• Abstract: El Niño Southern Oscillation (ENSO) represents the major driver of interannual climate variability at global scale. Observational and model-based studies have fostered a long-standing debate on the shape and intensity of the ENSO influence over the Euro-Mediterranean sector. Indeed, the detection of this signal is strongly affected by the large internal variability that characterizes the atmospheric circulation in the North Atlantic–European (NAE) region. This study explores if and how the low-frequency variability of North Pacific sea surface temperature (SST) may impact the El Niño-NAE teleconnection in late winter, which consists of a dipolar pattern between middle and high latitudes. A set of idealized atmosphere-only experiments, prescribing different phases of the anomalous SST linked to the Pacific Decadal Oscillation (PDO) superimposed onto an El Niño-like forcing in the tropical Pacific, has been performed in a multi-model framework, in order to assess the potential modulation of the positive ENSO signal. The modelling results suggest, in agreement with observational estimates, that the PDO negative phase (PDO−) may enhance the amplitude of the El Niño-NAE teleconnection, while the dynamics involved appear to be unaltered. On the other hand, the modulating role of the PDO positive phase (PDO+) is not reliable across models. This finding is consistent with the atmospheric response to the PDO itself, which is robust and statistically significant only for PDO−. Its modulation seems to rely on the enhanced meridional SST gradient and the related turbulent heat-flux released along the Kuroshio–Oyashio extension. PDO− weakens the North Pacific jet, whereby favoring more poleward propagation of wave activity, strengthening the El Niño-forced Rossby wave-train. These results imply that there might be conditional predictability for the interannual Euro-Mediterranean climate variability depending on the background state.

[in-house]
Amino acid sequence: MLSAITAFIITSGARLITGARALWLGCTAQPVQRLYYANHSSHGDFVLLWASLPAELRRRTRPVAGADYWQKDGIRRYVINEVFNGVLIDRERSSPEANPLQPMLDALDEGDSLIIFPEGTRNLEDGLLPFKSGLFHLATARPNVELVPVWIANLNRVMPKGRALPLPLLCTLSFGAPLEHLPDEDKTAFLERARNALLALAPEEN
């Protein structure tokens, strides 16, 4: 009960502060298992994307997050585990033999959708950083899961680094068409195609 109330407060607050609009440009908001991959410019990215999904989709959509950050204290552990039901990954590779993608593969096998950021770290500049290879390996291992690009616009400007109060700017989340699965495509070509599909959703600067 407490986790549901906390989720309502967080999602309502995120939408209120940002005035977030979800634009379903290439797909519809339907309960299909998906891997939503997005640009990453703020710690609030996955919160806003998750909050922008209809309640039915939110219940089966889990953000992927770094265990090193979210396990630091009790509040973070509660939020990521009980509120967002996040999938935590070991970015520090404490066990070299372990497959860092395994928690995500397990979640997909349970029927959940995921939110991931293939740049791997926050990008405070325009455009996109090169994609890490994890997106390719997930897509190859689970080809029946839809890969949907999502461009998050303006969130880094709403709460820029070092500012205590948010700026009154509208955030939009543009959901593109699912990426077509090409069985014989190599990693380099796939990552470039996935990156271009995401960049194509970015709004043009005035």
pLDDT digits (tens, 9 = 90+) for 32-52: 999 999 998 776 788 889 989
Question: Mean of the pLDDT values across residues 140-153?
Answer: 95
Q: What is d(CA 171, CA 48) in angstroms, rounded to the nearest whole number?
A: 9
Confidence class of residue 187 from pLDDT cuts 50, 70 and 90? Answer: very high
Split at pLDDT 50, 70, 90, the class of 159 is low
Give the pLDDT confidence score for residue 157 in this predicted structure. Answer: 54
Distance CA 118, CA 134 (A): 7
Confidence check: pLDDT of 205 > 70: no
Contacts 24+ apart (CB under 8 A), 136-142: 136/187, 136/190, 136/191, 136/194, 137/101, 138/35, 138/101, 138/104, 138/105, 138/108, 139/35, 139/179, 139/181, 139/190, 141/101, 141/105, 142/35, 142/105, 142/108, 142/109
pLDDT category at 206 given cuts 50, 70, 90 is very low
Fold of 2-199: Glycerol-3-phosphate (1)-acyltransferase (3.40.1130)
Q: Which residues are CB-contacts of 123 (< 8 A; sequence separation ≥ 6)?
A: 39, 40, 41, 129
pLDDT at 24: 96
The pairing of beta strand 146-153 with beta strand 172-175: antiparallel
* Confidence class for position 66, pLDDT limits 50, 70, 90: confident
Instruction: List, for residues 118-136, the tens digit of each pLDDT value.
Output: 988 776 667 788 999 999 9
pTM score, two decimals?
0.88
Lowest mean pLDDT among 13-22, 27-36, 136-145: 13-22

PubDate: 2021-05-03
  • Megadroughts and pluvials in southwest Australia: 1350–2017 CE
    • Abstract: Declining winter rainfall coupled with recent prolonged drought poses significant risks to water resources and agriculture across southern Australia. While rainfall declines over recent decades are largely consistent with modelled climate change scenarios, particularly for southwest Australia, the significance of these declines is yet to be assessed within the context of long-term hydroclimatic variability. Here, we present a new 668-year (1350–2017 CE) tree-ring reconstruction of autumn–winter rainfall over inland southwest Australia. This record reveals that a recent decline in rainfall over inland southwest Australia (since 2000 CE) is not unusual in terms of either magnitude or duration relative to rainfall variability over the last seven centuries. Drought periods of greater magnitude and duration than those in the instrumental record occurred prior to 1900 CE, including two ‘megadroughts’ of > 30 years duration in the eighteenth and nineteenth centuries. By contrast, the wettest > decadal periods of the last seven centuries occurred after 1900 CE, making the twentieth century the wettest of the last seven centuries. We conclude that the instrumental rainfall record (since ~ 1900 CE) does not capture the full scale of natural hydroclimatic variability for inland southwest Australia and that the risk of prolonged droughts in the region is likely much higher than currently estimated.
      PubDate: 2021-05-02
  • Correction to: The role of transient eddies and diabatic heating in the
           maintenance of European heat waves: a nonlinear quasi-stationary wave
    • Abstract: A correction to this paper has been published: https://doi.org/10.1007/s00382-021-05704-0
      PubDate: 2021-05-01
  • Markov Chain Monte Carlo simulation and regression approach guided by El
           Niño–Southern Oscillation to model the tropical cyclone occurrence over
           the Bay of Bengal